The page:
ICC case vs Xi Jinping hailed for patriotism
The bold move by former Philippine officials to charge the leader of one of the world’s superpowers with crimes against humanity continued to win support as a patriotic act and a means to call out Beijing’s “bad behavior” in the South China Sea, even though the Duterte administration dismissed it as a “futile exercise.”
The case filed in the International Criminal Court (ICC) by former Foreign Secretary Albert del Rosario and retired Ombudsman and former Supreme Court Associate Justice Conchita Carpio Morales against Chinese President Xi Jinping could bring international pressure to bear on China’s actions that harm Philippine interest in the disputed waters, according to Sen. Panfilo Lacson.
“It is a patriotic move on the part of ex-Ombudsman Morales and former DFA (Department of Foreign Affairs) Secretary Del Rosario that deserves the support of every freedom-loving Filipino whose duty is to protect and preserve our country’s sovereignty and territorial integrity,” Lacson said on Saturday.
He described the complaint as a novel case and said a ruling in favor of the Philippines would boost the country’s victory in the Permanent Court of Arbitration, which had invalidated Beijing’s claims to nearly all of the South China Sea.
“While the arbitral ruling is admittedly unenforceable especially against a superpower like China, an ICC decision in favor of the complainants in this case at the very least could exert international pressure, which will give us obvious advantage,” Lacson said in a text message.
The two former officials filed the complaint, technically called a communication, on behalf of Filipinos and the hundreds of thousands of Filipino fishermen “persecuted and injured” by China’s aggressive island-building in the West Philippine Sea, waters that are within the country’s 370-kilometer exclusive economic zone.
China’s “atrocious actions,” which brought about the “most massive, near permanent and devastating destruction of the environment in humanity’s history” affecting the Philippines and other countries around the disputed waters, constitute crimes against humanity that the ICC could prosecute, Del Rosario and Morales said in their complaint.
Gregory Poling, director of the Washington-based think tank Asia Maritime Transparency Initiative, said the complaint would likely be ignored by China.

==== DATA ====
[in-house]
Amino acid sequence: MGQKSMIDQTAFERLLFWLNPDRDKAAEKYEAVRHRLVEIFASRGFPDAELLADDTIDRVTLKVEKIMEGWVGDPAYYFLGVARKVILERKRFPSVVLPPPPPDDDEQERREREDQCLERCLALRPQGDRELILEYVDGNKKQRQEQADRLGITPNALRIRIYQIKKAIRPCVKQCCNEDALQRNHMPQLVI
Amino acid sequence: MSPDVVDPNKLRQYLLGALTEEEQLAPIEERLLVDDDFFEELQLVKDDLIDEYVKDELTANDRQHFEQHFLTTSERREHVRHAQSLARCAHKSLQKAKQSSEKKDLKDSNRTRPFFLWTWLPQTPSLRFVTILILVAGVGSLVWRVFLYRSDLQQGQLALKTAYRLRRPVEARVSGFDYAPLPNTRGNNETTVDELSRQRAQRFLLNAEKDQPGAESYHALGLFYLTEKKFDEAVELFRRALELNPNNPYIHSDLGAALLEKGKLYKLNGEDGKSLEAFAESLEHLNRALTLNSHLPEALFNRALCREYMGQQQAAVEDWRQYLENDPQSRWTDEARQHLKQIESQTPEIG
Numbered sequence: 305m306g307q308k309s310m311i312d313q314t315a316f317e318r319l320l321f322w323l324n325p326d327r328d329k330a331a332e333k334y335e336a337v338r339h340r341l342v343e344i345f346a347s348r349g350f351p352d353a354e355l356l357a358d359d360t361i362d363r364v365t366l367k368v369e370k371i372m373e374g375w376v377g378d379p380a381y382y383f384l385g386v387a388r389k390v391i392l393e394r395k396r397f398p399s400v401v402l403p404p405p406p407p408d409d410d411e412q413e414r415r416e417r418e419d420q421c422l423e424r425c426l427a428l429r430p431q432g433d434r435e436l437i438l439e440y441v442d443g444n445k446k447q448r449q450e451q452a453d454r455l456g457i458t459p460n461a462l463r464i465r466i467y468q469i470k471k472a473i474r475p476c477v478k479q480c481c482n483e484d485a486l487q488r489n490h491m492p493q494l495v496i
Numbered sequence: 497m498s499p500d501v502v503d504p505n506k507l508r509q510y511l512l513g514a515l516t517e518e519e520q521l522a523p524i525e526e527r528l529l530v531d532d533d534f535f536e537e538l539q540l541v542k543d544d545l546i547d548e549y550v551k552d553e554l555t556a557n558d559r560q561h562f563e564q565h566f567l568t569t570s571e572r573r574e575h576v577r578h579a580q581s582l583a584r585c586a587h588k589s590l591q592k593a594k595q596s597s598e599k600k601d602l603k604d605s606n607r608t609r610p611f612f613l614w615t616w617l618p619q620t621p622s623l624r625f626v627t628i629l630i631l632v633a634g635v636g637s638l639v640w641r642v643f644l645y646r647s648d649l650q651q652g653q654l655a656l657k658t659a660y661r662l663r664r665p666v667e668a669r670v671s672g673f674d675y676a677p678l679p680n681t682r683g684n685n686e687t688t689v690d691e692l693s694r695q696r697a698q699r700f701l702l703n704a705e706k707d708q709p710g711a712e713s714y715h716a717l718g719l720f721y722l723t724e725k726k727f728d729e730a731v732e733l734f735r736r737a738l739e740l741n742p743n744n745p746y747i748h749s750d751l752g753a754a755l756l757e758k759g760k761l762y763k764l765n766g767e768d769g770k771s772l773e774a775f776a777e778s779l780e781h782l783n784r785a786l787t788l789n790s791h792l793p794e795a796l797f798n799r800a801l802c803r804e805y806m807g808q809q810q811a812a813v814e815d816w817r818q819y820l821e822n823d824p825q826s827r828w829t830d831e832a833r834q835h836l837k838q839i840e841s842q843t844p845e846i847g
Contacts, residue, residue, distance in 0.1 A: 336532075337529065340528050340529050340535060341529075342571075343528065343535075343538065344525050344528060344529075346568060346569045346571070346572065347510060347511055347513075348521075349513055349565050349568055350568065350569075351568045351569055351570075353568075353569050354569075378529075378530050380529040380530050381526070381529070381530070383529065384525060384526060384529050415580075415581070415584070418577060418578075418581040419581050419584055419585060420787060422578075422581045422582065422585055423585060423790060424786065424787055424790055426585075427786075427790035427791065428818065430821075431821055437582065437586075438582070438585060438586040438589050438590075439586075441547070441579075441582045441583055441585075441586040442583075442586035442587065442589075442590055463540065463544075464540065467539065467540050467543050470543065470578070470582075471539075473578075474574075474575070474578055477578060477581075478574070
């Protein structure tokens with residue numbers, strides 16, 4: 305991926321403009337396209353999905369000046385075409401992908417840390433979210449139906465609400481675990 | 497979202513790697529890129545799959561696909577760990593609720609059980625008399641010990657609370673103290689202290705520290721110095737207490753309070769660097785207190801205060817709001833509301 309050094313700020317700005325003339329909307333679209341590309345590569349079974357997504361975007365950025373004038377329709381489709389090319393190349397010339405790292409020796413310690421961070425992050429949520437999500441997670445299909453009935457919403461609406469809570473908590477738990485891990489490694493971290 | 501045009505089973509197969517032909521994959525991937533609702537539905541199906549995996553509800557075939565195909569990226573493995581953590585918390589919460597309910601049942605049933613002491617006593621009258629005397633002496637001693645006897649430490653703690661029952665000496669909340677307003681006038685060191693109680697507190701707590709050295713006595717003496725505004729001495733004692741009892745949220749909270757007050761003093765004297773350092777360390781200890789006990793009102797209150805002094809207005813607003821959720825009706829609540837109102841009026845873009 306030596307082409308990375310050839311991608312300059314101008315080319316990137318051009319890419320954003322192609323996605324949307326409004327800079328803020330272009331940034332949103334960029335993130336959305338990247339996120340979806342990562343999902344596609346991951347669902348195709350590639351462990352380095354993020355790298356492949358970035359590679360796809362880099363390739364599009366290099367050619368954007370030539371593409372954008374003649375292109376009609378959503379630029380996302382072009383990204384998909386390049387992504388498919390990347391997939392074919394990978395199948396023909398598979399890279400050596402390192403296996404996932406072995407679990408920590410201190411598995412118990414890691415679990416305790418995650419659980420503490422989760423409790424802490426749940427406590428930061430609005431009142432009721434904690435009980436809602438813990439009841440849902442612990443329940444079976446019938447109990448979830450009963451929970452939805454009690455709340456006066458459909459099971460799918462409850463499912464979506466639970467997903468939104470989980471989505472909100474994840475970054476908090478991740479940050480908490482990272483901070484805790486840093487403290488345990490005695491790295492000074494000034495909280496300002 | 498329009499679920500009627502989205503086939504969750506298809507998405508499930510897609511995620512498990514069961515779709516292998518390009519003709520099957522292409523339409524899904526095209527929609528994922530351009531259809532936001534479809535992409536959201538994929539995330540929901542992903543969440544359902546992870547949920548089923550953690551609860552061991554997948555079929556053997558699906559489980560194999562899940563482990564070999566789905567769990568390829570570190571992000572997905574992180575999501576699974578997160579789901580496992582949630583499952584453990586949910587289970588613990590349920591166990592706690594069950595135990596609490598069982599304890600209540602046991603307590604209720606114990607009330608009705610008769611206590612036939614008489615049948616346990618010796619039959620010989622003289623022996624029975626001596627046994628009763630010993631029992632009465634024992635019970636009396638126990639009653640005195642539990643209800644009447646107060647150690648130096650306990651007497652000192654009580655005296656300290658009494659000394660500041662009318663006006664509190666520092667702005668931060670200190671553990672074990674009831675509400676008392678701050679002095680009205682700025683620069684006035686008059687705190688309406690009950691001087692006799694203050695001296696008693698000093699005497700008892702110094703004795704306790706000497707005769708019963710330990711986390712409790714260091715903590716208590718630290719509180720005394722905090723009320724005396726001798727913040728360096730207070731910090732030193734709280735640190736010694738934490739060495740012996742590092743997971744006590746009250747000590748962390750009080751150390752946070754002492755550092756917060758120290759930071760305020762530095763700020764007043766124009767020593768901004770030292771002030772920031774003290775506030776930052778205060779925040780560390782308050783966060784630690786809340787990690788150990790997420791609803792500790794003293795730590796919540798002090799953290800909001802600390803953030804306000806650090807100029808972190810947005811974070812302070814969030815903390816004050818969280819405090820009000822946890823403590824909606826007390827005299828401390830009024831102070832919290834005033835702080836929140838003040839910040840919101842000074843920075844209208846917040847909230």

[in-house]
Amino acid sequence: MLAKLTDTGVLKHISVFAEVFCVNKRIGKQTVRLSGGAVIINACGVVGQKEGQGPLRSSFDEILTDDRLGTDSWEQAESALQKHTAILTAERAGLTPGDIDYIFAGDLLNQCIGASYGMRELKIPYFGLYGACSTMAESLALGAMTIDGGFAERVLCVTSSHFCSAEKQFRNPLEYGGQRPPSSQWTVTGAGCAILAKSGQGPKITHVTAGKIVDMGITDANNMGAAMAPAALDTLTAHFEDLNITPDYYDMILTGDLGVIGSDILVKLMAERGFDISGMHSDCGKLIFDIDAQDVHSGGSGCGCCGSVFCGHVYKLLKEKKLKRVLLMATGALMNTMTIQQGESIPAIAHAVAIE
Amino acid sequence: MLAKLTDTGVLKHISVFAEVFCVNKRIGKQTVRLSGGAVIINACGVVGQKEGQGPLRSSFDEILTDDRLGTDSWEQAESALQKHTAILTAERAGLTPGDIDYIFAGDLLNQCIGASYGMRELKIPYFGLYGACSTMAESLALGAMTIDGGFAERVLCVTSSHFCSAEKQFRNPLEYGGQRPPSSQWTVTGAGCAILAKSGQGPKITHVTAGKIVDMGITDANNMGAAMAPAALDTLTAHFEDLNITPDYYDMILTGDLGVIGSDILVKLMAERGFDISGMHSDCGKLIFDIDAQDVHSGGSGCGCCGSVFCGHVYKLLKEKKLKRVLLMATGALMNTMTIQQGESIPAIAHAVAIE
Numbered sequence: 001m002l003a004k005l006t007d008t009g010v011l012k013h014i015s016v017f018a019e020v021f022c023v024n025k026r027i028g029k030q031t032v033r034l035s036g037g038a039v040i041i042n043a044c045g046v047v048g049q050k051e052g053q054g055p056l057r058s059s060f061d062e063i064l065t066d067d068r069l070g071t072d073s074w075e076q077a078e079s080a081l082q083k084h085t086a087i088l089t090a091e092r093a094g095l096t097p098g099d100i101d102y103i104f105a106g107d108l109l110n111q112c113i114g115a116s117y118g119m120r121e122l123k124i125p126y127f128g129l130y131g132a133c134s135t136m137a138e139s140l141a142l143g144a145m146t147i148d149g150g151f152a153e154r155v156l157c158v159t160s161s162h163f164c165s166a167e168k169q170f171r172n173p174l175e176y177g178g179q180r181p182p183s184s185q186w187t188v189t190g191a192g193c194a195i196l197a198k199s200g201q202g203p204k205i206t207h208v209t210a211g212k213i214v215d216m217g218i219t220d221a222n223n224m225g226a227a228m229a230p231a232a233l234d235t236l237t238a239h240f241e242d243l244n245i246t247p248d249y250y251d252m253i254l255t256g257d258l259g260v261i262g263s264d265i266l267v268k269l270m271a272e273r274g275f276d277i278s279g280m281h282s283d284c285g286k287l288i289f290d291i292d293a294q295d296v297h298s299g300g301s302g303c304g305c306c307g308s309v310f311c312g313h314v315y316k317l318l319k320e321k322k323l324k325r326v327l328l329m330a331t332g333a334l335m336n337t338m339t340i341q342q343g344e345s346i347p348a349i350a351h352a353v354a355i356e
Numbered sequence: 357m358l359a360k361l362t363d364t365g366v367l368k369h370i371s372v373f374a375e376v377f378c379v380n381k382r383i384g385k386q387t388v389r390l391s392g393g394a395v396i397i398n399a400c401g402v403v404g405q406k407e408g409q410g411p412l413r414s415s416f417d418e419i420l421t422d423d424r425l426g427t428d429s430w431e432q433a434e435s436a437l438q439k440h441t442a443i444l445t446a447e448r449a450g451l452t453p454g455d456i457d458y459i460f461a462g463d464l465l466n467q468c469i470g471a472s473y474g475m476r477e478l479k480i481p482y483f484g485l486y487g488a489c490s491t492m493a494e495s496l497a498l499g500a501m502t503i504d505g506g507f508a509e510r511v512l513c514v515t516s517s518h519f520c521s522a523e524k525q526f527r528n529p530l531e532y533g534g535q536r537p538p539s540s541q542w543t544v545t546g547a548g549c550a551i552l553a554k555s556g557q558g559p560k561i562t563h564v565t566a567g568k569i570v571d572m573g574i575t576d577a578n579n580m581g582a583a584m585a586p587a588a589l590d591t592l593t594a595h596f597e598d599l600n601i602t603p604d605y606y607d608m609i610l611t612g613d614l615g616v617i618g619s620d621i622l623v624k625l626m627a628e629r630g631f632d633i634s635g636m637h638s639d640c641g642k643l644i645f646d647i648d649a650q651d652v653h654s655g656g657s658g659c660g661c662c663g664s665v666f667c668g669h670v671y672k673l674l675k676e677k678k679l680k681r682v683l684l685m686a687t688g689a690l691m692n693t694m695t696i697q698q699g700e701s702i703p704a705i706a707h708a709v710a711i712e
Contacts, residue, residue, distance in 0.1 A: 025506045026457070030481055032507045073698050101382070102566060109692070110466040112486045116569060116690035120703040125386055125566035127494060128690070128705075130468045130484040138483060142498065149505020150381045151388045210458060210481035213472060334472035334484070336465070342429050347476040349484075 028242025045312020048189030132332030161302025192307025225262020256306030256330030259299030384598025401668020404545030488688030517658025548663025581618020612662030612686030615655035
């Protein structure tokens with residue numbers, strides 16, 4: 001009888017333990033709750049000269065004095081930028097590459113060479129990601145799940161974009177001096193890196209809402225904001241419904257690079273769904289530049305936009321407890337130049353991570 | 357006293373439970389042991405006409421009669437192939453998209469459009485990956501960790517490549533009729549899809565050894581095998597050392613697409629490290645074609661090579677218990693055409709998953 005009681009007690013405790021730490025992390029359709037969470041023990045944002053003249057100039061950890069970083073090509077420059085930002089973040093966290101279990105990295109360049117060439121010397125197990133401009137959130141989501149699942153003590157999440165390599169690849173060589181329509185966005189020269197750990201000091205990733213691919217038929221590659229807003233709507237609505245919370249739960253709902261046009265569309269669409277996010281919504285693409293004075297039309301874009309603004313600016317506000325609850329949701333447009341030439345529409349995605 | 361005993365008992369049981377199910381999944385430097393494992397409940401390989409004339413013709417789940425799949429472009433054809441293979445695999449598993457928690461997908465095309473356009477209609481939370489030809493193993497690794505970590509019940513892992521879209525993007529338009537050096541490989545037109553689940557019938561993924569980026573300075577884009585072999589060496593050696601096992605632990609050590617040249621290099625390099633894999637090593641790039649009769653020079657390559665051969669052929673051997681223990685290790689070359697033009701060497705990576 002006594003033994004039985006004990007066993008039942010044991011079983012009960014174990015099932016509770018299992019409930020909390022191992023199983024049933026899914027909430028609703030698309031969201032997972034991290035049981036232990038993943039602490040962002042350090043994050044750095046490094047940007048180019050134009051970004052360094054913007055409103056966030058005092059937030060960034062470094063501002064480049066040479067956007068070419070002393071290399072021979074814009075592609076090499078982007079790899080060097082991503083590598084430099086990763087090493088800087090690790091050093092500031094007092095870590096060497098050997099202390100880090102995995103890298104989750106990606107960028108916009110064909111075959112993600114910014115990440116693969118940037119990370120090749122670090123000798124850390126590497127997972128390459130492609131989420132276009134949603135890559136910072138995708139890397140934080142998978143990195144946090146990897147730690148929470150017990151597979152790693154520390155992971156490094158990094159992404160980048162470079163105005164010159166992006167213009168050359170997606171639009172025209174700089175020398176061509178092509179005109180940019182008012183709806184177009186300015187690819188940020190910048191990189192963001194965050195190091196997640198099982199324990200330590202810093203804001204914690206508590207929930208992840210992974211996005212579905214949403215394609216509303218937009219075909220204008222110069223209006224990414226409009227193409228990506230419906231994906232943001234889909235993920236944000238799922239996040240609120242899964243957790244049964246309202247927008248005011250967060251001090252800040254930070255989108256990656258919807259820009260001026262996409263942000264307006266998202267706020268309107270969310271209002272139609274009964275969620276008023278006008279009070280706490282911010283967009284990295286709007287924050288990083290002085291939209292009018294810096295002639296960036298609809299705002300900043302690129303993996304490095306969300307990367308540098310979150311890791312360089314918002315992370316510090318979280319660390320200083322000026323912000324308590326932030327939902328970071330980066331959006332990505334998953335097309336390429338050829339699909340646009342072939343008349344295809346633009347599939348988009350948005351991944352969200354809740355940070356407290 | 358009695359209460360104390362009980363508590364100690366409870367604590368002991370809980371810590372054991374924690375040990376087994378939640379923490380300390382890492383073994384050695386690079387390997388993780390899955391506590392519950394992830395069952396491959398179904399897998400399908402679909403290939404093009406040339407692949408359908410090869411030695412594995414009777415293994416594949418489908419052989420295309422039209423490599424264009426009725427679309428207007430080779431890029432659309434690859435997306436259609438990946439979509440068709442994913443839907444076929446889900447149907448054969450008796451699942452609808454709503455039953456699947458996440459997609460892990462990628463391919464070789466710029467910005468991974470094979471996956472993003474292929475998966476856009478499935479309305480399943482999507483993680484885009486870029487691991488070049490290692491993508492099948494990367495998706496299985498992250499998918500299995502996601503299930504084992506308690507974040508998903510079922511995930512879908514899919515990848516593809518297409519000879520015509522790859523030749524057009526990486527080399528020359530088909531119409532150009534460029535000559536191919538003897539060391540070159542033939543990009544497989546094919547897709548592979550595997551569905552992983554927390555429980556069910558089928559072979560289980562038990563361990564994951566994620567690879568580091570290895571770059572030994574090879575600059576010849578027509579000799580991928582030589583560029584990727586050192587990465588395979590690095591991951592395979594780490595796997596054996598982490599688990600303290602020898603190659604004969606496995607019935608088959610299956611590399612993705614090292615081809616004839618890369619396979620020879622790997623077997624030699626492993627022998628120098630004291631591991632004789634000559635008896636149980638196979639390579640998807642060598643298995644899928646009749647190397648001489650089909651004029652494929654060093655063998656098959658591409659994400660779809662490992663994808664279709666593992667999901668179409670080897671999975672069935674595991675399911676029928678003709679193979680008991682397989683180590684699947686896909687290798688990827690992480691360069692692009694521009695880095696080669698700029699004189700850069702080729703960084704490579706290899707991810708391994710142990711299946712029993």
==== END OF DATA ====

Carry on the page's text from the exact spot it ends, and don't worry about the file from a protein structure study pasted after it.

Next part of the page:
The move, however, would “continue to shine a light on Chinese coercion, naming and shaming Beijing for its bad behavior.”
“They (Del Rosario and Morales) realize that the only way to impose costs on China are for the international community to treat it as a bad actor, and that can’t happen if no one is talking about its bad behavior,” Poling said in an e-mail interview with the Inquirer.
Retaliation deemed unlikely
Poling said Beijing was unlikely to retaliate “because it values the current positive relationship with the Duterte government.”
Filipino fishermen, particularly those from the town of Infanta in Pangasinan province, are fearful of reprisals from the Chinese, who may drive them away again from Panatag (Scarborough) Shoal, about 240 km west of the province.
China’s coast guard prevented Filipinos from even approaching this rich fishing ground following a two-month standoff between Chinese and Philippine forces at the shoal in 2012 under then President Benigno Aquino III.
Filipinos were allowed to fish in the area, but not inside the shoal, after the Chinese-friendly Duterte administration started to mend ties with Beijing in late 2016.
Del Rosario on Saturday urged the fishermen to remain hopeful that the case filed against the Chinese leader would give them relief and even lead to reparations.
“For our devastated fishermen, the hope of a game changer may currently lie with the ICC. Let us be hopeful,” Del Rosario said.
He earlier said that President Rodrigo Duterte could be more helpful to the Filipino fishermen by not blocking the case at the ICC but by “ensuring they do not continue to undergo the suffering they have experienced.”
“And furthermore, this presents an opportunity in negotiating for reparations,” Del Rosario told the Inquirer.
Presidential spokesperson Salvador Panelo said in a statement on Saturday that the case could be dismissed because China was not a member of the ICC and filing the complaint “may be a futile exercise.”
The case against Xi was for environmental damage, which is not included in the acts that could be tried by the ICC, further weakening any ground for the court’s jurisdiction over China, Panelo said.
“We do not need the help or disturbance of a biased tribunal known to politically prosecute heads of state, the very reason why powerful countries like the United States, China, Russia and Israel, to name only a few, have either withdrawn their membership as state parties from the Rome Statute or declined to be members of the ICC,” he said. —Reports From Juliet Labog-Javellana, Leila B. Salaverria, Christine O. Avendaño and Jaymee T. Gamil
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